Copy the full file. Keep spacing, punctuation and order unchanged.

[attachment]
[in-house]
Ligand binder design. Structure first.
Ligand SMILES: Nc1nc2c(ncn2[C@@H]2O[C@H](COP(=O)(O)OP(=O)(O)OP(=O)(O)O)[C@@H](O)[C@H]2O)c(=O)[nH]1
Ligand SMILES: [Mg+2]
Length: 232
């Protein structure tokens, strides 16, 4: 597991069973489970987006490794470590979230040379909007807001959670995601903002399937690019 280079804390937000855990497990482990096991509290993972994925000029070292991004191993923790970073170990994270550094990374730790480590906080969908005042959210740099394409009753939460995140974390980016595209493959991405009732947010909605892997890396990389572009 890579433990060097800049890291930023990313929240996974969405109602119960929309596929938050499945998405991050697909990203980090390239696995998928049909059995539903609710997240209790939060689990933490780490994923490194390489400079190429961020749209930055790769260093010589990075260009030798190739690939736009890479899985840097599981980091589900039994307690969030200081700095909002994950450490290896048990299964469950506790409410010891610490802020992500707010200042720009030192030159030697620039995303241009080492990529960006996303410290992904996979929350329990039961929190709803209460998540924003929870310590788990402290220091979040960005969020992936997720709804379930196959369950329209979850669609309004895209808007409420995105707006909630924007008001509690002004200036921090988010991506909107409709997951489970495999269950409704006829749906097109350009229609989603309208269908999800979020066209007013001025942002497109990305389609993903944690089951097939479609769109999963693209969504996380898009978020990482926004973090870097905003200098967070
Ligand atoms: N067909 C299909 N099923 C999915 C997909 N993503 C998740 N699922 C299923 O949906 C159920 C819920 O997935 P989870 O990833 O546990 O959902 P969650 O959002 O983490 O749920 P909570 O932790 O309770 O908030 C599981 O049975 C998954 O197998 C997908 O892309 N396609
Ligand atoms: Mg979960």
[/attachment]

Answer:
[in-house]
Ligand binder design. Structure first.
Ligand SMILES: Nc1nc2c(ncn2[C@@H]2O[C@H](COP(=O)(O)OP(=O)(O)OP(=O)(O)O)[C@@H](O)[C@H]2O)c(=O)[nH]1
Ligand SMILES: [Mg+2]
Length: 232
């Protein structure tokens, strides 16, 4: 597991069973489970987006490794470590979230040379909007807001959670995601903002399937690019 280079804390937000855990497990482990096991509290993972994925000029070292991004191993923790970073170990994270550094990374730790480590906080969908005042959210740099394409009753939460995140974390980016595209493959991405009732947010909605892997890396990389572009 890579433990060097800049890291930023990313929240996974969405109602119960929309596929938050499945998405991050697909990203980090390239696995998928049909059995539903609710997240209790939060689990933490780490994923490194390489400079190429961020749209930055790769260093010589990075260009030798190739690939736009890479899985840097599981980091589900039994307690969030200081700095909002994950450490290896048990299964469950506790409410010891610490802020992500707010200042720009030192030159030697620039995303241009080492990529960006996303410290992904996979929350329990039961929190709803209460998540924003929870310590788990402290220091979040960005969020992936997720709804379930196959369950329209979850669609309004895209808007409420995105707006909630924007008001509690002004200036921090988010991506909107409709997951489970495999269950409704006829749906097109350009229609989603309208269908999800979020066209007013001025942002497109990305389609993903944690089951097939479609769109999963693209969504996380898009978020990482926004973090870097905003200098967070
Ligand atoms: N067909 C299909 N099923 C999915 C997909 N993503 C998740 N699922 C299923 O949906 C159920 C819920 O997935 P989870 O990833 O546990 O959902 P969650 O959002 O983490 O749920 P909570 O932790 O309770 O908030 C599981 O049975 C998954 O197998 C997908 O892309 N396609
Ligand atoms: Mg979960």